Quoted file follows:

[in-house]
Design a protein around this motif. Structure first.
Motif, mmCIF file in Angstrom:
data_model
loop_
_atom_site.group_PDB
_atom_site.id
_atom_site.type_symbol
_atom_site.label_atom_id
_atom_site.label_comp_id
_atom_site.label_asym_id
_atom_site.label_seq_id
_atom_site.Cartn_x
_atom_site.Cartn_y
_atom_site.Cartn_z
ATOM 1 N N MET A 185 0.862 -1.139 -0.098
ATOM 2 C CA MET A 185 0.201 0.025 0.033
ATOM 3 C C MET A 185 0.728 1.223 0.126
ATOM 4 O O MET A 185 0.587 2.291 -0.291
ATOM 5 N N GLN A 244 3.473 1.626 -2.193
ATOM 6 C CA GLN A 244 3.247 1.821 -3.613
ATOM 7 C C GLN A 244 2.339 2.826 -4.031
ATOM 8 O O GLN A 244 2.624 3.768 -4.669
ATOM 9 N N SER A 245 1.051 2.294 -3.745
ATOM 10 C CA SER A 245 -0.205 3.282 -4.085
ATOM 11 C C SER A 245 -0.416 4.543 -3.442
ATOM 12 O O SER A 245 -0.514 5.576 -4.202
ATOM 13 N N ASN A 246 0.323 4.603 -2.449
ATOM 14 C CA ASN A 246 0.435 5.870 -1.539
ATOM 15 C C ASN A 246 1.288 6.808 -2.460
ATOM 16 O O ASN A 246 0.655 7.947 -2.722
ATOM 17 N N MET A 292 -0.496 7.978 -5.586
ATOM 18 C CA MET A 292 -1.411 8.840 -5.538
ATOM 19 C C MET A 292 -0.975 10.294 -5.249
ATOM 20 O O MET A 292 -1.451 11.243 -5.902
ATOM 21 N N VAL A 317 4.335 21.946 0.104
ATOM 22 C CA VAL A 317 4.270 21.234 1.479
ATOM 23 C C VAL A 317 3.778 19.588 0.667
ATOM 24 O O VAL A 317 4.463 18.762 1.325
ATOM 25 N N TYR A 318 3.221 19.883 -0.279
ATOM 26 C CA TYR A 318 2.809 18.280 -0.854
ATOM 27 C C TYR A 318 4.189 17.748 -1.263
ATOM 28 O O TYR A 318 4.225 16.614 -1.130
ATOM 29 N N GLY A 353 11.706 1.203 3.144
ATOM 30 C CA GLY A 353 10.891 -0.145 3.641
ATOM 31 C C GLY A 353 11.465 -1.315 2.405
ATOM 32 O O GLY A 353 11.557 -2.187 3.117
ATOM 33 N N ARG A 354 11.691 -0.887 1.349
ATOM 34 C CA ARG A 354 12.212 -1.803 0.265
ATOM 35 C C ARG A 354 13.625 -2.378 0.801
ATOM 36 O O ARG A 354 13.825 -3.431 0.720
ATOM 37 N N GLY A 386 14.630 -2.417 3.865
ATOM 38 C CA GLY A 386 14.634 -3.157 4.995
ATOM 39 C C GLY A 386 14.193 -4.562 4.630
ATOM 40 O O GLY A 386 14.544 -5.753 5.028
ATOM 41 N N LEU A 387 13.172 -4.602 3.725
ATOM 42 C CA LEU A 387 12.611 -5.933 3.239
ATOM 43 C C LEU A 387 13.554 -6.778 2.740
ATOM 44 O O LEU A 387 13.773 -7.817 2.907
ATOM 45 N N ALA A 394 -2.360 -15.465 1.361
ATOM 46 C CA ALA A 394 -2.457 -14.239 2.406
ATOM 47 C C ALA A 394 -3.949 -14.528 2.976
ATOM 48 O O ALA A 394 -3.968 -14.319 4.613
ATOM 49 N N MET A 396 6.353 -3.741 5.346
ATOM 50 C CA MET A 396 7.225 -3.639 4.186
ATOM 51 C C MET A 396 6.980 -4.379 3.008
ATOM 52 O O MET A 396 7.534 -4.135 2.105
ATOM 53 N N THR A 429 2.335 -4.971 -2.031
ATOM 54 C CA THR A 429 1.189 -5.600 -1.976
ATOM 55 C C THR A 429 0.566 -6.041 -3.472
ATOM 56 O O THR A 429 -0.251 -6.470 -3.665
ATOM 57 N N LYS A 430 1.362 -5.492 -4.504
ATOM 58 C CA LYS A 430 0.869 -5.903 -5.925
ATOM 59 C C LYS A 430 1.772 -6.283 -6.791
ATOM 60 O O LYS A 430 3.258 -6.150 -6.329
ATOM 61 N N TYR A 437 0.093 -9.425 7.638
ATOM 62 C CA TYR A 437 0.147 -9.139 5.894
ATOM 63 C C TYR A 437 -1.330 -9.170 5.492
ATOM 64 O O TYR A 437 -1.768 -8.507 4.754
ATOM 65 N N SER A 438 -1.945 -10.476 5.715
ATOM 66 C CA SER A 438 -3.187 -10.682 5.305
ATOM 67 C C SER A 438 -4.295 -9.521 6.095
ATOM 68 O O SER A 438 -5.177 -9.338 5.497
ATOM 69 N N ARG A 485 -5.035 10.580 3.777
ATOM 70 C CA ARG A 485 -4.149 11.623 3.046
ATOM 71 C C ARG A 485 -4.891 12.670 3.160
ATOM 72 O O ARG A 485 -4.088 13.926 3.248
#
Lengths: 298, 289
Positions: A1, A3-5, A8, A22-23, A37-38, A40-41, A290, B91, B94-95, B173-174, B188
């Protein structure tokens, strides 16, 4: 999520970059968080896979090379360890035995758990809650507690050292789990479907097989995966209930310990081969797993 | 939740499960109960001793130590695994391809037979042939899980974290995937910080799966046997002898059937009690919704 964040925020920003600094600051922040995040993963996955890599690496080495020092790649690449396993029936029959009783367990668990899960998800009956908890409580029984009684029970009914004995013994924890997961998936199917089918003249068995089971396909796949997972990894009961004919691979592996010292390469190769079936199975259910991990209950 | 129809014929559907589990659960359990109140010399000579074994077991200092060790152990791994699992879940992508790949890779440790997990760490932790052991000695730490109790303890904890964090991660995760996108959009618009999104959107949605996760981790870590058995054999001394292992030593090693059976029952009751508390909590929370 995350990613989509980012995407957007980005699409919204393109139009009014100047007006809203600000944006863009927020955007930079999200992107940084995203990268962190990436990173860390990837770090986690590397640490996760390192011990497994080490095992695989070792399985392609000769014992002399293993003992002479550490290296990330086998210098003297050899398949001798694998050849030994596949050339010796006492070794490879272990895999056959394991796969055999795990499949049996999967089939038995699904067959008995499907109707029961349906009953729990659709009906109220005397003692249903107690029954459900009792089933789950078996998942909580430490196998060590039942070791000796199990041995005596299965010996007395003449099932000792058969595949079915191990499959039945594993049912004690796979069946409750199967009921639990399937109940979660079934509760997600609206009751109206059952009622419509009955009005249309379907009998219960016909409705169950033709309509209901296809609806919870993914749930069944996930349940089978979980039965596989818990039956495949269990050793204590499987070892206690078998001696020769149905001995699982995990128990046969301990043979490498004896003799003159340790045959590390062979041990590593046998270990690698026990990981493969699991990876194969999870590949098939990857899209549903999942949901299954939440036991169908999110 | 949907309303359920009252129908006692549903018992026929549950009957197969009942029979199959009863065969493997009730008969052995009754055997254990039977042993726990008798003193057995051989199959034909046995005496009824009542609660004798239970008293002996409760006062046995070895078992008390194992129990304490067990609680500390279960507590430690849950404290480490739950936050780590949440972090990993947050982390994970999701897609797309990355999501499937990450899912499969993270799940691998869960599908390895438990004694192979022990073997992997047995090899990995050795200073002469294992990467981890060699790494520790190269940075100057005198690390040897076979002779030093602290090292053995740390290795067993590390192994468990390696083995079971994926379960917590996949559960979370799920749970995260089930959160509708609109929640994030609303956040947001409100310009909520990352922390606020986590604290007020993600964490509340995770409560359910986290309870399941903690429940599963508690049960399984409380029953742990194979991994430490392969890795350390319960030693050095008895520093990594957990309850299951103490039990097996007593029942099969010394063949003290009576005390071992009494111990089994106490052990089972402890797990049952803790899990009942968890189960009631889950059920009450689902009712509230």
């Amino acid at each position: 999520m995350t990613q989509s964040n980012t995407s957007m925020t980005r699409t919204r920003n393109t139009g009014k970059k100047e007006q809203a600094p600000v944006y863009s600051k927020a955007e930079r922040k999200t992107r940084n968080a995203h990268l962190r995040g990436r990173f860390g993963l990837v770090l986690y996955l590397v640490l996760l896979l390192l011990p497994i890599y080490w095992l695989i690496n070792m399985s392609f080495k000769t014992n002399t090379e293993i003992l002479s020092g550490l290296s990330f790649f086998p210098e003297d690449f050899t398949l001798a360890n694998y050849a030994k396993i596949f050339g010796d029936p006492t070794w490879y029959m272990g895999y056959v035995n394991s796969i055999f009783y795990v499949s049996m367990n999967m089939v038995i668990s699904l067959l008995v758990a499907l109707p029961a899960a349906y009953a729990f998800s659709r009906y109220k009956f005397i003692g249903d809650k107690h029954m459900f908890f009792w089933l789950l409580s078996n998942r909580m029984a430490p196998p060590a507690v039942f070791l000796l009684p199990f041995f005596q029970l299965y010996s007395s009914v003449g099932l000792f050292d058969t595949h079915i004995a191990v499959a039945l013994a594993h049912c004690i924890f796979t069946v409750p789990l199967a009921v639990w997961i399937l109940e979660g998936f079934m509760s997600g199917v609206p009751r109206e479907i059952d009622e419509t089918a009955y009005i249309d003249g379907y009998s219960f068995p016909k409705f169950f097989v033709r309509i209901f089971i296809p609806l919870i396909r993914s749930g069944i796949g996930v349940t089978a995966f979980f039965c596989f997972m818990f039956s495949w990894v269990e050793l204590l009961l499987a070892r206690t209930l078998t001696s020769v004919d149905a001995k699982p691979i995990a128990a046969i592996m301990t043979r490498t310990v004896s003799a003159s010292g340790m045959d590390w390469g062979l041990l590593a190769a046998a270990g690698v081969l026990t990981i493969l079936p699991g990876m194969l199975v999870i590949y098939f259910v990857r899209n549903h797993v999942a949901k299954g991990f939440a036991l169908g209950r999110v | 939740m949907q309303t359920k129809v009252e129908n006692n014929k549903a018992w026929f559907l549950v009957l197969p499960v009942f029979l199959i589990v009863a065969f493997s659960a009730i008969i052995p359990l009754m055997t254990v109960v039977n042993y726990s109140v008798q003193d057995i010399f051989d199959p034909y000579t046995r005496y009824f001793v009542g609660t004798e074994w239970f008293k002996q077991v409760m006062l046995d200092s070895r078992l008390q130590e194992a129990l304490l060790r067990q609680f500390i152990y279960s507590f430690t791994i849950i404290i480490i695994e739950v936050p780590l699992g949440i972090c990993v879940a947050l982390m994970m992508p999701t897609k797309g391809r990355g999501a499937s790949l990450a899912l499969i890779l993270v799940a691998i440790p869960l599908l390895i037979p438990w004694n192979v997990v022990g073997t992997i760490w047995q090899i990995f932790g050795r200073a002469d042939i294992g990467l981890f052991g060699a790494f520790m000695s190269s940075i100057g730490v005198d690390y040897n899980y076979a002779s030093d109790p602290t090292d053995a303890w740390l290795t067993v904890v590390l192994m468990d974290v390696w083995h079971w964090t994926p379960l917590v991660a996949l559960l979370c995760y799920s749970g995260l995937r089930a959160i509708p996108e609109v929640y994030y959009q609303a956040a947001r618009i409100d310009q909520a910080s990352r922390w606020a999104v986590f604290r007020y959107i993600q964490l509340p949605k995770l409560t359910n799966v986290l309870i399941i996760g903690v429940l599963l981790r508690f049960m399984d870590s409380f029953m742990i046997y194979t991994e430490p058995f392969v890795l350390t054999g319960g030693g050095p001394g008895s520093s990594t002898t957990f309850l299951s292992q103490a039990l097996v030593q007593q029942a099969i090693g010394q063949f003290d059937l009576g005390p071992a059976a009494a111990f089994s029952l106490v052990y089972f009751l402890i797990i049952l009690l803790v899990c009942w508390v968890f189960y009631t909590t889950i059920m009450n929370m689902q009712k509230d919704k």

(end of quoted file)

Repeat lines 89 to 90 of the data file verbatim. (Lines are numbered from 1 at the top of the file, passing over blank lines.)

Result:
Lengths: 298, 289
Positions: A1, A3-5, A8, A22-23, A37-38, A40-41, A290, B91, B94-95, B173-174, B188